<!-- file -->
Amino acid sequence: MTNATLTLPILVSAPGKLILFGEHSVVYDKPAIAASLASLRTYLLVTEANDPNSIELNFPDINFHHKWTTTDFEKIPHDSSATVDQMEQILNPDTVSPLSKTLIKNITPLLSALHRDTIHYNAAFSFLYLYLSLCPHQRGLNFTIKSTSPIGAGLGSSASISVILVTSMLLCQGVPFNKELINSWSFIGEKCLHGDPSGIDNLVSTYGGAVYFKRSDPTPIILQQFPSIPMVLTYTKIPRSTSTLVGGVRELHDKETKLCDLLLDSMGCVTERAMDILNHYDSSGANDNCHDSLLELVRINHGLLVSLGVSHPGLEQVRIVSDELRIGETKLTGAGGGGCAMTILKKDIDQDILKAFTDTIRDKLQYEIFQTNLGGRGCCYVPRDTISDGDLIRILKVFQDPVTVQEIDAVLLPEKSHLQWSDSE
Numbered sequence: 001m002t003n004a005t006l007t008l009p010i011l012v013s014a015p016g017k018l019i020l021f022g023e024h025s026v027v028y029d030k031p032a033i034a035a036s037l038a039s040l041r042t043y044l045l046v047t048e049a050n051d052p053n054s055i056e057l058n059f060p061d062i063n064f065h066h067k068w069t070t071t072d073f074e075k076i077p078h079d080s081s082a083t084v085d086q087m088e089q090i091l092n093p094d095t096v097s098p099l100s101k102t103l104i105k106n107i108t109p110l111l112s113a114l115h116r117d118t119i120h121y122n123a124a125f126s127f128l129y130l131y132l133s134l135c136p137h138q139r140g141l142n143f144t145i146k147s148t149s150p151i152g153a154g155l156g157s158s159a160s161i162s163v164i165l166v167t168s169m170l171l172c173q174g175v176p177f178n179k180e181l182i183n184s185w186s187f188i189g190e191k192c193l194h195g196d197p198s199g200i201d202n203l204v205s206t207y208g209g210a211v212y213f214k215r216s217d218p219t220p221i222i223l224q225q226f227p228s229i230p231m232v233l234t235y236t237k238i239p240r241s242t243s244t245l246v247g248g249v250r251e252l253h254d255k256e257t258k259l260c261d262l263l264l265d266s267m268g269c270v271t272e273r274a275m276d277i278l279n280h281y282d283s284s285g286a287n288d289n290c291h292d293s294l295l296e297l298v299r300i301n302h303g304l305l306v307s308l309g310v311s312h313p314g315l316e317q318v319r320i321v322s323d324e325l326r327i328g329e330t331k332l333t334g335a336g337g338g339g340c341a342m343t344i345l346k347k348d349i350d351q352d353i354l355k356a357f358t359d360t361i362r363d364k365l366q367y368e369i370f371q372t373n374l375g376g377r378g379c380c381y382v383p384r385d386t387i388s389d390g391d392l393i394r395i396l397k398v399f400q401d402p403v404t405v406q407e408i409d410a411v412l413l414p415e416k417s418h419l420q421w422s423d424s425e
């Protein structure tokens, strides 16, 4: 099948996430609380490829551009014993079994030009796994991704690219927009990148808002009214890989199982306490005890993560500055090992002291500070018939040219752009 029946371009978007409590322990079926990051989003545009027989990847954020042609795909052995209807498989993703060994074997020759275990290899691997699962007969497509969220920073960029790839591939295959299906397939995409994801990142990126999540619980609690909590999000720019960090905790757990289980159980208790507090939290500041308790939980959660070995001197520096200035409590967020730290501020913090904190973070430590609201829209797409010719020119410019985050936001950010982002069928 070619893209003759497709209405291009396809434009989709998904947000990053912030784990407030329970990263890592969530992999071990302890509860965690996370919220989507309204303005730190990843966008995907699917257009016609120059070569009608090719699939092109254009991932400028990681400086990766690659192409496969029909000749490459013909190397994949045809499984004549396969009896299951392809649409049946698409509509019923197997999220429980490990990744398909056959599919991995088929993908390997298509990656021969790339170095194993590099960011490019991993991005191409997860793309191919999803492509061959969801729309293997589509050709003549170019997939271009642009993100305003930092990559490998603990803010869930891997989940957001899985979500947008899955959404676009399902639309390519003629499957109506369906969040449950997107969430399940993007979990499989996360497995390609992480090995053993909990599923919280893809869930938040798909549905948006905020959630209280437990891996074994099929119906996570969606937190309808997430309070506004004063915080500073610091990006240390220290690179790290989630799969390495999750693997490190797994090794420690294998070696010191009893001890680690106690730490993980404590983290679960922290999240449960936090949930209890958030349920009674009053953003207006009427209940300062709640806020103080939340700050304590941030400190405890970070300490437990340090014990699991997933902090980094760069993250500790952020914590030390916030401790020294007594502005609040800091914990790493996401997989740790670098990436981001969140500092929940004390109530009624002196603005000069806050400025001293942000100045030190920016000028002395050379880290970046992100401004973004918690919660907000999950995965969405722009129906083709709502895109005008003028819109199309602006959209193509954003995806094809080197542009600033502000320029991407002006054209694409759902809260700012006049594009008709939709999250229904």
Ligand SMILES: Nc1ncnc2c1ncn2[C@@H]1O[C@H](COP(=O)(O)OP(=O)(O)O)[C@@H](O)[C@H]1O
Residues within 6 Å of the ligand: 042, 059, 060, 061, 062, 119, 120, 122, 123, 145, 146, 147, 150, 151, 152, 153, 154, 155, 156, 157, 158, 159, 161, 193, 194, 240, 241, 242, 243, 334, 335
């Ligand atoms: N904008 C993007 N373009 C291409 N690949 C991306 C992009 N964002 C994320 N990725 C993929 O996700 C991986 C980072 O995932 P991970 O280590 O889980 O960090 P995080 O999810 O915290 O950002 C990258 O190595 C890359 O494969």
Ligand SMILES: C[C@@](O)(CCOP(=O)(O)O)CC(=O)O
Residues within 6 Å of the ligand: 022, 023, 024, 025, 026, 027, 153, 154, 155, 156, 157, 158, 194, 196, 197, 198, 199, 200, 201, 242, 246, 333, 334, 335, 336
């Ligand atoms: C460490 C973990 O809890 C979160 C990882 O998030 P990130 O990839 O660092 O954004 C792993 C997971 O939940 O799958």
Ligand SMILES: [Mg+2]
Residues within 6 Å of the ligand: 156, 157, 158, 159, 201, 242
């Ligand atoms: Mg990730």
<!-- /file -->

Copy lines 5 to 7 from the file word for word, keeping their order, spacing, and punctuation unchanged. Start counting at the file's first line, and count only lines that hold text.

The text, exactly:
Residues within 6 Å of the ligand: 042, 059, 060, 061, 062, 119, 120, 122, 123, 145, 146, 147, 150, 151, 152, 153, 154, 155, 156, 157, 158, 159, 161, 193, 194, 240, 241, 242, 243, 334, 335
């Ligand atoms: N904008 C993007 N373009 C291409 N690949 C991306 C992009 N964002 C994320 N990725 C993929 O996700 C991986 C980072 O995932 P991970 O280590 O889980 O960090 P995080 O999810 O915290 O950002 C990258 O190595 C890359 O494969």
Ligand SMILES: C[C@@](O)(CCOP(=O)(O)O)CC(=O)O